Simple Improvements in Facilities

Some excitability problems in hogs are caused by a lack of environmental stimulation in indoor growing and finishing buildings. Playing a radio in the finishing building can help prevent an excessive startle reaction to a sudden noise, such as a door slamming shut. Providing finishing hogs with hanging rubber hose toys to chew and ensuring weekly contact with people in their pens will produce calmer animals that are easier to handle. The animals do distinguish between interacting with people in their pens and seeing people in the aisles, so it is important to have personnel actually enter each pen. If people remain only in the aisles, the animals are more likely to be fearful when a person enters their pen for truck loading.

Distractions that appear to be insignificant, such as a wiggling chain in a chute, and lighting mistakes, such as a chute entrance that looks like a black cave to the animal, can ruin the efficiency of the best chutes and crowd pens. Simple changes in lighting can improve animal movement. At night, lamps can be used to attract animals to trucks, and, in indoor facilities, chutes must be illuminated so animals can see where they are going. Both cattle and hogs tend to move from darker places to brighter areas.(2,6) To attract the animals, the lamps must be aimed toward the place the animals are entering. A good example is using a spotlight to encourage animals to move into a chute. The lamp must not shine into the eyes of approaching animals because glaring, blinding light impedes movement.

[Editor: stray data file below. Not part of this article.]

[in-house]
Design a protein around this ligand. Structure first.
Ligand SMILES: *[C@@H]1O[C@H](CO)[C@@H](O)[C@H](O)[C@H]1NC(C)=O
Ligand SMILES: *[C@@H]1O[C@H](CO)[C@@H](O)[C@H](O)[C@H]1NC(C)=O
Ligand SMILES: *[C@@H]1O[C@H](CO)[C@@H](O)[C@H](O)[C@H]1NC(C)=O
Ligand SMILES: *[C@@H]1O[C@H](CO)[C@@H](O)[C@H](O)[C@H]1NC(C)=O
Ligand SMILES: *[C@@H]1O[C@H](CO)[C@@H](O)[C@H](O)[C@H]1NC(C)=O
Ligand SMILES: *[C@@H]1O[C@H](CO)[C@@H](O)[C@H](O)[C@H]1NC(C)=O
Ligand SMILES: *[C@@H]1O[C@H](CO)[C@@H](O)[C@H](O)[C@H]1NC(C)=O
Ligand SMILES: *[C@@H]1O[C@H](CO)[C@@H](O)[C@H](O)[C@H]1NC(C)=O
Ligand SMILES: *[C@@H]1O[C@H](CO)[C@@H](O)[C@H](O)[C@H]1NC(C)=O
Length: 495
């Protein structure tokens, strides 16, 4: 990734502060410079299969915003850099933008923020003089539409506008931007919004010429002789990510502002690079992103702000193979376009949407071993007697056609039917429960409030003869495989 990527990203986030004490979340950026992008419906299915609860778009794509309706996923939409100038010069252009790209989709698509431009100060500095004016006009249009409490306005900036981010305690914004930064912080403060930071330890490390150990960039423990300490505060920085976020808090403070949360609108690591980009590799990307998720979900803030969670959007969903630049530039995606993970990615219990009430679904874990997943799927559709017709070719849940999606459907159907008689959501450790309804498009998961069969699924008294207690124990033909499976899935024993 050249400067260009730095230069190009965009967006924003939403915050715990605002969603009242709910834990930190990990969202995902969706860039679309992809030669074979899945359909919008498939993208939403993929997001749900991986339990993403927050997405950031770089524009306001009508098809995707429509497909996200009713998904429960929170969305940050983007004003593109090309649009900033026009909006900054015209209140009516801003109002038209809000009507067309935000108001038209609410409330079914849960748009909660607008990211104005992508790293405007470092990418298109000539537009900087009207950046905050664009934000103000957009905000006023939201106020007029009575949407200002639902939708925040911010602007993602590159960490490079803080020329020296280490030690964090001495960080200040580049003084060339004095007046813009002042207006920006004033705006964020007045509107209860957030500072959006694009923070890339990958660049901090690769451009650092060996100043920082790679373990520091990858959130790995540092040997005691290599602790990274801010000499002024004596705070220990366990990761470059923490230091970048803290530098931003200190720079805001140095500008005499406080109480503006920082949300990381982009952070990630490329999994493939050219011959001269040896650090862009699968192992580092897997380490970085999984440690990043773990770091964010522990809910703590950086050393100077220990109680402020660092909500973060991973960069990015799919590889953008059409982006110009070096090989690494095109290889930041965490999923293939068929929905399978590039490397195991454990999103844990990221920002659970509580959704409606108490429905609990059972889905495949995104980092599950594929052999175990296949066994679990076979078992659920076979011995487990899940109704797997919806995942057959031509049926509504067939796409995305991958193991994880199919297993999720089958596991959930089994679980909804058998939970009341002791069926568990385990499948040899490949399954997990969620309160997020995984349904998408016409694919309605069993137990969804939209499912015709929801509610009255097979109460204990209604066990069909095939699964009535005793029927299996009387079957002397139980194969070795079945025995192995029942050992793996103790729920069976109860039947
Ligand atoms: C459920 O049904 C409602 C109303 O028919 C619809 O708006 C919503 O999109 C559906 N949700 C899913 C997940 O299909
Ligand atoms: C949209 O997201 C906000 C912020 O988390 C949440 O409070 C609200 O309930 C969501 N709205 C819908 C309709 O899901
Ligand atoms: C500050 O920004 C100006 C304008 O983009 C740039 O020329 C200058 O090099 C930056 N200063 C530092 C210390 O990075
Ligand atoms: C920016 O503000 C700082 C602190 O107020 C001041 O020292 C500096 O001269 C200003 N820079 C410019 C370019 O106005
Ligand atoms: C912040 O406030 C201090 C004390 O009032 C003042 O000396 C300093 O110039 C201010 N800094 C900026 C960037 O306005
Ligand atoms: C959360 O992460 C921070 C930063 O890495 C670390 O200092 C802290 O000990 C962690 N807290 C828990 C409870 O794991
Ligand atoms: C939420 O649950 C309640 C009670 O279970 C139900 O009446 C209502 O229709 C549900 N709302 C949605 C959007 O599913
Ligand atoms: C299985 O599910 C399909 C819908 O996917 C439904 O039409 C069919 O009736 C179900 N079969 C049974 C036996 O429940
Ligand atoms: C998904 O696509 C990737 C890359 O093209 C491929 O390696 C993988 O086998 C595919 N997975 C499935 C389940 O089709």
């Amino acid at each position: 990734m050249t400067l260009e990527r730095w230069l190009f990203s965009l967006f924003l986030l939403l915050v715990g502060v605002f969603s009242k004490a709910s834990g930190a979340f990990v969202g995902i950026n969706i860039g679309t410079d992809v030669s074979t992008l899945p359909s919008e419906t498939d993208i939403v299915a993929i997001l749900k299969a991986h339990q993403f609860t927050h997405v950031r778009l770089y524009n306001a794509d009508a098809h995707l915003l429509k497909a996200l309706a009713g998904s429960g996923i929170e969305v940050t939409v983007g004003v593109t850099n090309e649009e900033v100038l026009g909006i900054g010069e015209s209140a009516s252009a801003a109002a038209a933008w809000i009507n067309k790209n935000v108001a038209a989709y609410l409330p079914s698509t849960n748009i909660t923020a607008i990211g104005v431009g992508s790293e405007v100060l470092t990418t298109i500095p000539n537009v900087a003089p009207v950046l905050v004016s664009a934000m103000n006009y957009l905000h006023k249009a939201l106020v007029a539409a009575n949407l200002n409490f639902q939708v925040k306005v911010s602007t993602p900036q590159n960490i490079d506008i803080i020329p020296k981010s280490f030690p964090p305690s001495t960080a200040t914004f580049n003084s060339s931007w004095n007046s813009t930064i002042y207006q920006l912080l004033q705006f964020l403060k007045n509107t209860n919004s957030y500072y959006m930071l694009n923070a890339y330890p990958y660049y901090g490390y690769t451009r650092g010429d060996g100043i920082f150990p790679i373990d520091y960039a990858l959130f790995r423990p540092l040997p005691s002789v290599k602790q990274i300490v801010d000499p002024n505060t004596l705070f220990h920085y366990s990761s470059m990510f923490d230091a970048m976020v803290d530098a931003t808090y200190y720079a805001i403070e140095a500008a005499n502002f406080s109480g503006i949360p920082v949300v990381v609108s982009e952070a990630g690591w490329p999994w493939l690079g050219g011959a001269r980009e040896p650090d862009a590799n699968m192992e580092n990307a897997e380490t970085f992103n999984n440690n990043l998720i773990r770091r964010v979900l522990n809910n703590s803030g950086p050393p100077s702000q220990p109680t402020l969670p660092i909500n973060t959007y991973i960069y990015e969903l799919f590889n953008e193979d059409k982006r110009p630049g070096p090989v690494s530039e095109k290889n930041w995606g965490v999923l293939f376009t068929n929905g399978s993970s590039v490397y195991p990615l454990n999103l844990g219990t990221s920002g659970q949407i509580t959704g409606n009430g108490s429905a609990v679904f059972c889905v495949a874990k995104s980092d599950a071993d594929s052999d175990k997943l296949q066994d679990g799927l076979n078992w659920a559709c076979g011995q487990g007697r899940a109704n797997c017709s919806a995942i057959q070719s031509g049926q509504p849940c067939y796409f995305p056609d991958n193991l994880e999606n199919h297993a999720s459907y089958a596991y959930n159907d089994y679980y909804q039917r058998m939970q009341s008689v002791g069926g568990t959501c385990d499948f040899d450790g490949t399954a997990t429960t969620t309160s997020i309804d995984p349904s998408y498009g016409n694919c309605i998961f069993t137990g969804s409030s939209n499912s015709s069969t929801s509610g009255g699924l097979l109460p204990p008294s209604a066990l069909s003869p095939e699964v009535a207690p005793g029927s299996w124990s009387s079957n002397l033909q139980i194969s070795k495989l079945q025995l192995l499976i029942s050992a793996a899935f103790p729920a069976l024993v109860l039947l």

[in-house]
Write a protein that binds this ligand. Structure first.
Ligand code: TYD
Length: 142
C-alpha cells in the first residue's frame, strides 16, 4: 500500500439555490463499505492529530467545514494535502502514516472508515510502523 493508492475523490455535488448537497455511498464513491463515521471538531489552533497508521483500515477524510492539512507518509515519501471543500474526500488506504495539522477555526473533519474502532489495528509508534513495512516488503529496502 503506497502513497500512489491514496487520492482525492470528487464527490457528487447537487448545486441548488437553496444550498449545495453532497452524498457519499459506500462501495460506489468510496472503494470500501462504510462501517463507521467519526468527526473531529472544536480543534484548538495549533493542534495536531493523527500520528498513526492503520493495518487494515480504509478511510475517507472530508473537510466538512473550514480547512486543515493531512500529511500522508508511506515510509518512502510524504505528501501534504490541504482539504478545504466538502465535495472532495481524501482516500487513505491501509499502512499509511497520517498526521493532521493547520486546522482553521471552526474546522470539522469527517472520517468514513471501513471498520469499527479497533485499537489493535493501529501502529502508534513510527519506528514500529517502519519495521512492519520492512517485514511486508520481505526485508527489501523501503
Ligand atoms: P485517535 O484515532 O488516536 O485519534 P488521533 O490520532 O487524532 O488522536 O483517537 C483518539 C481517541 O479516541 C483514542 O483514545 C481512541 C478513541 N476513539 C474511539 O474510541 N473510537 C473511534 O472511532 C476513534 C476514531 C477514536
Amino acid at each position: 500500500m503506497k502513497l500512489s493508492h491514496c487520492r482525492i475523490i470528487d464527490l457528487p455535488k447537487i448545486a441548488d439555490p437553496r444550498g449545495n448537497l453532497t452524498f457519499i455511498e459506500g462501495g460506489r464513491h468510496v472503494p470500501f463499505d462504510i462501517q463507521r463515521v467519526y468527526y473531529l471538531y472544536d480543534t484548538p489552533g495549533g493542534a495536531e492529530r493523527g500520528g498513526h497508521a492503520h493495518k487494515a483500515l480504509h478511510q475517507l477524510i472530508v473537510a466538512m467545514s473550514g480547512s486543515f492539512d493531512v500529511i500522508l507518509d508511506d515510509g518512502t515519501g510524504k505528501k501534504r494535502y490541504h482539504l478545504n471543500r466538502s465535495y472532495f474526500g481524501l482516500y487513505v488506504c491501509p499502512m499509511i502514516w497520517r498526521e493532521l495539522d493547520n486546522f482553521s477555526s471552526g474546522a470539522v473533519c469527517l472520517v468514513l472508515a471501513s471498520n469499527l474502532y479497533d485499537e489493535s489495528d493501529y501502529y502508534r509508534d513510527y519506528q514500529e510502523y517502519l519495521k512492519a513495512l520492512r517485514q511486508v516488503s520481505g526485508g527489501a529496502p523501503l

Both cattle and hogs will balk if they see a sparkling reflection in a puddle or a moving reflection on a sheet of metal. To locate these problems, someone must get into the empty chute and see what the animal is seeing. Moving a lamp away from the center line of a chute can eliminate a reflection on a wet floor. Any object on a fence or in a chute that appears novel also causes balking. A piece of paper lying in an alley causes both cattle and hogs to stop. A hat or coat hanging on a fence causes balkin g. I have seen cattle balk at a small chain hanging down in a single-file chute. In one location, the leader of an approaching group of cattle stopped to watch a small, jiggling chain. In another facility, hogs balked when they had to pass by a jiggling gate. Some of these distractions are subtle and require careful observation for people to detect them. To determine if small distractions are causing the balking, the animals have to be calm. It is almost impossible to determine the cause of balking when c attle or hogs are excited. Calm animals will stop and look directly at what is distracting them.